Now, here is where the idea of case hardening comes in. Other shapes and loading geometries, including cylinders in torsion, also have the highest stresses at the surface and gradually decreasing (normal) stresses as you move to the core. Note that we have not talked about the shear stresses, which INCREASE as you go toward the neutral axis. That is for another day (see earlier blog on normal and shear stresses). The shear stresses are usually significantly lower than the normal stresses in bending, while in torsion they are similar to the normal stresses at any given location. They would never be higher than the normal stresses. So for that reason we are justified in just looking at the normal stresses for now. Figure 6 shows a “fake” situation (because the particular stress values that I have assigned to the case-hardened layers are unrealistic), which is again adequate for conceptual purposes.
If we assume that the outer layers are hardest, either because they have been more richly carburized or more quickly cooled (or both), we can look at two cases represented by the red dashed line and the green dotted line. The green dotted line is showing us at all locations that the strength of the part is higher than the stress value. This part is robust. It should not crack (if we are assuming that the strength shown is a fatigue strength appropriate to the number of expected service cycles). The red dashed line, however, crosses the stress curve. The portions of the part that are associated with the red locations under the blue line are thus seen to be inadequate to the demands of the service conditions. Going back to our hypothetical beam then, the areas at the surface and in the very center of the beam would be OK. Those at positions between approximately 1.2 and 2.8 inches from the centerline form two layers – above and below the centerline of the beam – that “have issues,” as the quality people in the automotive world like to say. It is not a good design, to say the least.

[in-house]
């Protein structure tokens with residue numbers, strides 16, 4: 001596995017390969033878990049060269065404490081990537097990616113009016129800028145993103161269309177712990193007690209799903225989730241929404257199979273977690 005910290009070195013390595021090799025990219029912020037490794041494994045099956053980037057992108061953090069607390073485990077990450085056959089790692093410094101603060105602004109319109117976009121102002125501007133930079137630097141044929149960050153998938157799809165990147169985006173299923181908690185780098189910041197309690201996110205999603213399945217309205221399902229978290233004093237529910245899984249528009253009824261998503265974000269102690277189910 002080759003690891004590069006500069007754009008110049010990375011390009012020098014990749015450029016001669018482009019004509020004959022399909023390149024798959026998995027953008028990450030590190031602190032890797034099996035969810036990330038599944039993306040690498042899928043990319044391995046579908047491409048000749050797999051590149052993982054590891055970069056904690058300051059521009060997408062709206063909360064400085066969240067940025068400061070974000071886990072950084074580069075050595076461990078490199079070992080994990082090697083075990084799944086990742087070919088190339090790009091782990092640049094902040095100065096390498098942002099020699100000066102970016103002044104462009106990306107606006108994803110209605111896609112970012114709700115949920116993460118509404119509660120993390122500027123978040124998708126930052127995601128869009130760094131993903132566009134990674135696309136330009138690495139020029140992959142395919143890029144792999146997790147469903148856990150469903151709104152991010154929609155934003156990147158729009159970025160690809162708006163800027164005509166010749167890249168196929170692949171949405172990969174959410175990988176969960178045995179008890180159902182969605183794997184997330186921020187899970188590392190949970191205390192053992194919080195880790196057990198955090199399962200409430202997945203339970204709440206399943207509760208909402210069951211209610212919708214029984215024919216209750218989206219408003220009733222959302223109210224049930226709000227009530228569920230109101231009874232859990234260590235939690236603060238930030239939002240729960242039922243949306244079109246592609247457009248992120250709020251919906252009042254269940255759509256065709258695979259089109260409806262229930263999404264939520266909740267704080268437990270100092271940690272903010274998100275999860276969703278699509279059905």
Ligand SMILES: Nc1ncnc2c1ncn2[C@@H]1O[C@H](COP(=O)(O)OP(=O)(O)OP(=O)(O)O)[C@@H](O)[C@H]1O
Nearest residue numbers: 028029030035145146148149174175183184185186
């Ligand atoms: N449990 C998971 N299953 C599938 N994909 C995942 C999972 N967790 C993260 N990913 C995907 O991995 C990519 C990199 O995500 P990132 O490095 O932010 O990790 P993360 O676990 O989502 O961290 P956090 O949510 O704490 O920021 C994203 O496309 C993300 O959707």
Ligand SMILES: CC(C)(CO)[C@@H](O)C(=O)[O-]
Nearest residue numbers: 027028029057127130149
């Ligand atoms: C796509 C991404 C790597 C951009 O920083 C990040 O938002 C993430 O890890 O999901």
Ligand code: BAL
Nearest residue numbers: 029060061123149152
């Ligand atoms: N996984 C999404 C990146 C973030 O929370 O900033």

Many people check their case-hardened parts the easy way. They only do surface hardness tests. But what if instead of the red line shown above, we had the alternate dotted red line shown in Figure 7. In this case, the surface hardness is over that of the “GOOD GREEN” part, but it will still have issues in the interior layers. This series of graphs shows, conceptually, the importance of knowing not just the surface hardness but the characteristics of the hardness or strength profile for a case-hardened part in a critical application. The use of the hardness-profile-based “effective case depth” type of specification is one way to at least get a handle on this issue, even if we did not truly understand all the ramifications when the effective-case-depth test method was specified for the particular part.
Please note that the issue of potential subsurface “failure zones” is discussed on page 143 of a book by Geoffrey Parrish, published by ASM in 1980, The Influence of Microstructure on the Properties of Case-Carburized Components. There are also newer editions of this book. As he also notes, we have not addressed the presence of residual stresses, which in properly carburized steel increase the useful service stress level at a given hardness. There are multiple other issues not addressed. But with the availability of finite element analysis for stress-distribution modeling, it will be interesting to see if more people take a more quantitative approach to specifying case-hardened steel hardness profiles.
Finally, Figure 7 can explain the popularity of requiring case AND core hardness and effective case-depth measurements to be within a specified range (for more critical components) to keep some sort of control of uniformity of parts that go out the door.